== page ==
Film Review: The SpongeBob Movie: Sponge Out Of Water

Written by Aaron Sarnecky

SpongeBob poster

The SpongeBob Movie: Sponge Out of Water Plot Summary:

Nickelodeon’s animated feature pits the aquatic characters against Burger-Beard (Antonio Banderas), a pirate who uses a magic book to steal the Krabby Patty formula.  SpongeBob (Tom Kenny) must team up with longtime enemy Plankton (Mr. Lawrence), as well as Patrick (Bill Fagerbakke), Sandy (Carolyn Lawrence), Squidward (Rodger Bumpass), and Mr. Krabs (Clancy Brown), and travel to the surface to retrieve the formula. 

Talk to many fans of SpongeBob SquarePants and they will tell you that the show started to deteriorate around the time Nick released The SpongeBob SquarePants Movie (2004) and creator Stephen Hillenburg departed from the show.  Fortunately for these fans, Hillenburg returned to write the story of the follow-up, Sponge Out of Water.  But the question is, does Hillenburg work his old magic?

SpongeBob pic 11

It depends on what you want from the movie.  Like the previous movie and many Nickelodeon movies, the movie focuses on a large adventure instead of the ordinary character interactions.  This time around, the adventure contains several fantasy elements like time travel and superpowers.  This might seem out of genre for the series, but it makes as much sense as anything in a cartoon is going to make.

The story largely focuses on SpongeBob and Plankton, who do the most to try to retrieve the formula.  This means Plankton actually plays the good guy for most of the movie.  And while that might sound out of character, it works because Plankton can’t have the formula if someone else has stolen it, and Bikini Bottom, as a whole, can’t function without it.  The movie does cheat a little with SpongeBob, who is contractually obligated to not commit the formula to memory.  It is a cartoon, however, and continuity is fickle, even in the best of them.

Unfortunately, the comedy between SpongeBob and Plankton falls flat, which is centered on their need to work as a team.  Naturally, Plankton wants none of it.  In fact, he can’t even seem to say the words “team” or “teamwork” correctly, instead pronouncing it as “Te-Am.”  This is a recurring joke, and it gets tiresome very quickly.  There’s also a song about teamwork, but it’s not particularly memorable.  Honestly, the best part of this section is seeing Bikini Bottom descend into some strange leather-obsessed dystopia.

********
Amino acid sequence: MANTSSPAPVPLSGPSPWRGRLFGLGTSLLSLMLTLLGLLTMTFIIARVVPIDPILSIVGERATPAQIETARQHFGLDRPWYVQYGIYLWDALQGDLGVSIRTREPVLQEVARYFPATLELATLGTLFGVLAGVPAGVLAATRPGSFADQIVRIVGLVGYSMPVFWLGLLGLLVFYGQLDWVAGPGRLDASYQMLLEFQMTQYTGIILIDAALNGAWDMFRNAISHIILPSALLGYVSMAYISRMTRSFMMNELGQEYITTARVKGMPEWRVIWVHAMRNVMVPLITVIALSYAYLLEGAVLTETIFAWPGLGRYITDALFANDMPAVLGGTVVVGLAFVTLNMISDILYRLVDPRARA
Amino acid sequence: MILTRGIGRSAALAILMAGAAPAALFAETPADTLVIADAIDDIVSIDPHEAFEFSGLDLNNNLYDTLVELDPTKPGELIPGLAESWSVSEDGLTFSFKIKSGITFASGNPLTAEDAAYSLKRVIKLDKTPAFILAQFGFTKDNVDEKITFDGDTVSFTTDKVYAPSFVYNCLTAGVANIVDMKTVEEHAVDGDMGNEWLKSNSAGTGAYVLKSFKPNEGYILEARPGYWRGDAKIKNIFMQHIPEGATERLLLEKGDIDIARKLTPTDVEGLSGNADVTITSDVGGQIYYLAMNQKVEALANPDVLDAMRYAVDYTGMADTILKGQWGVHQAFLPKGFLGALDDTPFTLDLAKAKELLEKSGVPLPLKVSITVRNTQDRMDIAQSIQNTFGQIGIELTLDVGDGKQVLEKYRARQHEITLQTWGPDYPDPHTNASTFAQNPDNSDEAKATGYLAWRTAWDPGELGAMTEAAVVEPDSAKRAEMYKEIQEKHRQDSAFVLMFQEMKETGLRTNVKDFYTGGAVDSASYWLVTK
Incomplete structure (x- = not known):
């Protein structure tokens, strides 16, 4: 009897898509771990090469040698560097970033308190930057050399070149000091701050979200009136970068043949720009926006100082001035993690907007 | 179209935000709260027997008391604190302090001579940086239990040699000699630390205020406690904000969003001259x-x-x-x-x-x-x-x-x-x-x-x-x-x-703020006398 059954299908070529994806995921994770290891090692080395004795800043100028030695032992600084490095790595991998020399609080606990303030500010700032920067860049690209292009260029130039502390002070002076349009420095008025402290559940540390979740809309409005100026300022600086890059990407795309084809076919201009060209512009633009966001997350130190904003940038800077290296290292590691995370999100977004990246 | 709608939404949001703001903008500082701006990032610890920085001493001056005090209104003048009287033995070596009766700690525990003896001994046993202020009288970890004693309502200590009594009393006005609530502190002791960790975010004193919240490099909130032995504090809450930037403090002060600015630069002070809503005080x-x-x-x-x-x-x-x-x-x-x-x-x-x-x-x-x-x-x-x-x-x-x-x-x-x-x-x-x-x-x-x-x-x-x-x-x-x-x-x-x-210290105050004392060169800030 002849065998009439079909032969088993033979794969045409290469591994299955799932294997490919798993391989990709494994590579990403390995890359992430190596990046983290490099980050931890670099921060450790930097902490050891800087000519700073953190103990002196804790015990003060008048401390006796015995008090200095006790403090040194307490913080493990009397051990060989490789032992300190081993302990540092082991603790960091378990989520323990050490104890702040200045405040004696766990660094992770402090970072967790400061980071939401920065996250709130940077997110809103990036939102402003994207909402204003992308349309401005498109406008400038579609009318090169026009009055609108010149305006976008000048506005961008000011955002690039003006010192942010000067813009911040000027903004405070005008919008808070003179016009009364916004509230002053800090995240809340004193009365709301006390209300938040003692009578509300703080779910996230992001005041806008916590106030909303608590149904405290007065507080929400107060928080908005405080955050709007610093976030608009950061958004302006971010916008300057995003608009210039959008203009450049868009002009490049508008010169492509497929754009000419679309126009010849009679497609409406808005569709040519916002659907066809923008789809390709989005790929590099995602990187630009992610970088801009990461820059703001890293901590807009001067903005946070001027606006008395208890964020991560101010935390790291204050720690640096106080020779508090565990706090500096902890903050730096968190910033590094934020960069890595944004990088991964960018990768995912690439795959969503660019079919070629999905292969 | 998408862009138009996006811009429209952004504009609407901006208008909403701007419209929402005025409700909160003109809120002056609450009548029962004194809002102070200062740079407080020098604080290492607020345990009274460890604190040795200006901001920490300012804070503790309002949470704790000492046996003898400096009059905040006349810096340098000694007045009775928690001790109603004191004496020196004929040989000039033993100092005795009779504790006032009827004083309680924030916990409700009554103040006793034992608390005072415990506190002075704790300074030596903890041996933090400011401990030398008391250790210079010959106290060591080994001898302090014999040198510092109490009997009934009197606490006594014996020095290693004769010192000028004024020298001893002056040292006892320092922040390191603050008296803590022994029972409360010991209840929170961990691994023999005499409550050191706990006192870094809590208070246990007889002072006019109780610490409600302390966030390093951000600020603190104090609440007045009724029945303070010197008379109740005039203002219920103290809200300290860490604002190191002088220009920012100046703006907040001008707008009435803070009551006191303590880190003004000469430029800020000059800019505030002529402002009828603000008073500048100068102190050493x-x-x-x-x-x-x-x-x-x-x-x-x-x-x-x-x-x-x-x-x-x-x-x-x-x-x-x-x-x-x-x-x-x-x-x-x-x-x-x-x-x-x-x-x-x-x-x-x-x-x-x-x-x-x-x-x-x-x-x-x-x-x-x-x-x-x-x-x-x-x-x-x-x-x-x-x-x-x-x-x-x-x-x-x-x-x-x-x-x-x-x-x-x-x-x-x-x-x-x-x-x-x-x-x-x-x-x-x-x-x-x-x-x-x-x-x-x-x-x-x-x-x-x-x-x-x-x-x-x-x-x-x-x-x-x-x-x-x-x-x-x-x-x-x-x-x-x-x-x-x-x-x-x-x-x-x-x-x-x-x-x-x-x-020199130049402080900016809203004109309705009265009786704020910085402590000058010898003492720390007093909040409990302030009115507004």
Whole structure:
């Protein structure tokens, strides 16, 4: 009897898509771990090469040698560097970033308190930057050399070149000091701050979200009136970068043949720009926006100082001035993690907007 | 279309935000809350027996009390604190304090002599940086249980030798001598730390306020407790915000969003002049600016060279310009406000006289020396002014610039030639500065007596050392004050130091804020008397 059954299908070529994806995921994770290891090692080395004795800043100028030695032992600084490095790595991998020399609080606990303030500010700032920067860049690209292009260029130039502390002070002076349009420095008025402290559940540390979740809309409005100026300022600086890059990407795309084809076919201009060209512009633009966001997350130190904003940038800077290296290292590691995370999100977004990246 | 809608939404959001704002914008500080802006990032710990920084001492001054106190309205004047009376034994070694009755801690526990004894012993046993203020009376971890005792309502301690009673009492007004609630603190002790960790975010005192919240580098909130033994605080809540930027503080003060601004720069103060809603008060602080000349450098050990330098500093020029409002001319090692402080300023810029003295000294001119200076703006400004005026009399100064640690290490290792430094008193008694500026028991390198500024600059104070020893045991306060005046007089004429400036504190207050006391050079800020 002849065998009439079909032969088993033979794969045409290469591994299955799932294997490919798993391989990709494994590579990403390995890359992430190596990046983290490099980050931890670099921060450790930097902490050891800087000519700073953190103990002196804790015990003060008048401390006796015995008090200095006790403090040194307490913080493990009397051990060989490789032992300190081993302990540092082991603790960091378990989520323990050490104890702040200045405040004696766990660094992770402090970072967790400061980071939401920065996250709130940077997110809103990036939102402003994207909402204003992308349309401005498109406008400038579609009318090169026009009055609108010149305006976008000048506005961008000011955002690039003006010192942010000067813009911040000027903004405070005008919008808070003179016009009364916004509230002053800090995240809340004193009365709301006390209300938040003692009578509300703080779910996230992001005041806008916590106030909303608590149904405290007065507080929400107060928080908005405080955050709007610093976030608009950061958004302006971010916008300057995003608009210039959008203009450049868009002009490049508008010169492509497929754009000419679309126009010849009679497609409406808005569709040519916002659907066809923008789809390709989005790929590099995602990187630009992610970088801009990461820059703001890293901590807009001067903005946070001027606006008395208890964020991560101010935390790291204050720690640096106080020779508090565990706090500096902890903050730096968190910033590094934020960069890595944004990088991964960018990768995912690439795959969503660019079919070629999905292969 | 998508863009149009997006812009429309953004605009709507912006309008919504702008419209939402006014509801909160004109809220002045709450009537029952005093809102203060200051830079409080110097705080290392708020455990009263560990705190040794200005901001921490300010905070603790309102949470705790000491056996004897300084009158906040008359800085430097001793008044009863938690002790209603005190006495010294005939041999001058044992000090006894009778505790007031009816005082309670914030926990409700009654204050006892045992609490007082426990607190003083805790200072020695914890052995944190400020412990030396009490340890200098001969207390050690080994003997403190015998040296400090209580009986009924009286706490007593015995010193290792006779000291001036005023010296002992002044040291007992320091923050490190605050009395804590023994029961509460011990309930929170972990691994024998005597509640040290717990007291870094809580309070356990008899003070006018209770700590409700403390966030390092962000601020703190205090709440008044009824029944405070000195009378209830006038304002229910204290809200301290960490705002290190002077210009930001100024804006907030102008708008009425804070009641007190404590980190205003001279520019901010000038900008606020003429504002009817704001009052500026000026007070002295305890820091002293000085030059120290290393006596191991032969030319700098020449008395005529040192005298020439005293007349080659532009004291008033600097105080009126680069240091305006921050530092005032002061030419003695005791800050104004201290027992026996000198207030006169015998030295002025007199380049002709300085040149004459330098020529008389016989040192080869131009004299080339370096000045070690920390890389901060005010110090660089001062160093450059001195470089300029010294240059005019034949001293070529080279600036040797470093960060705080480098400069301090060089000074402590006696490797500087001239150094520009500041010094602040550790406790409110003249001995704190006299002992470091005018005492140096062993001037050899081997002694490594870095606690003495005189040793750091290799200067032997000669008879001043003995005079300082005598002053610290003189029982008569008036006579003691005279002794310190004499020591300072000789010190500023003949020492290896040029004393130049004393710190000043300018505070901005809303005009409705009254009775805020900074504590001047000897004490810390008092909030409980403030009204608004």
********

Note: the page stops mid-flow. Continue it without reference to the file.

When we finally get to the out-of-water portion, the movie is already 2/3 over, making the title sort of misleading.  And since the series has run for such a long time, it has already done this scenario several times, all to funnier effect.  The characters’ disorientation on the surface is not given much time beyond one gag in which they think a sunbathing man is a beached whale.  The movie does makes sure to keep Sandy, the squirrel character who originates from the surface, in character, and this is greatly appreciated.

The real meat of the out-of-water section comes when the heroes gain superpowers through Burger-Beard’s magic book.  The characters’ powers do nicely correspond to their personalities and the battle against the pirate cook proves to be a worthy climax.  It seems like the writers’ saved their best comedy for this moment.  And to their credit, it is funny for Patrick to wreak havoc through his telepathic control of ice cream, and to see Sandy as giant photo-realistic squirrel.

SpongeBob pic 2

Still, if you wanted to see the heroes interact with humans, or see them duke it out with Burger-Beard, you might be disappointed.  The movie simply does not have enough of this content.  While the use of traditional animation is greatly appreciated, it really should have only made up 1/3 of the movie.  The movie also squanders any chance to use the 3D creatively, but that is admittedly a very minor issue.

Ultimately, the movie proves to be a disappointing return for Stephen Hillenburg.   It simply doesn’t live up to the premise shown in the trailers and commercials.  Kids might find some basic enjoyment, but it’s not fun for the whole family like the best of today’s cartoons.  If you can, convince your kids to wait for On Demand.

Perhaps Hillenburg’s supposed return to the TV show will prove more fruitful.  As a fan of the sponge who lives in a pineapple under the sea, I remain cautiously optimistic.

Rating: 5.5/10 (Passable Entertainment)


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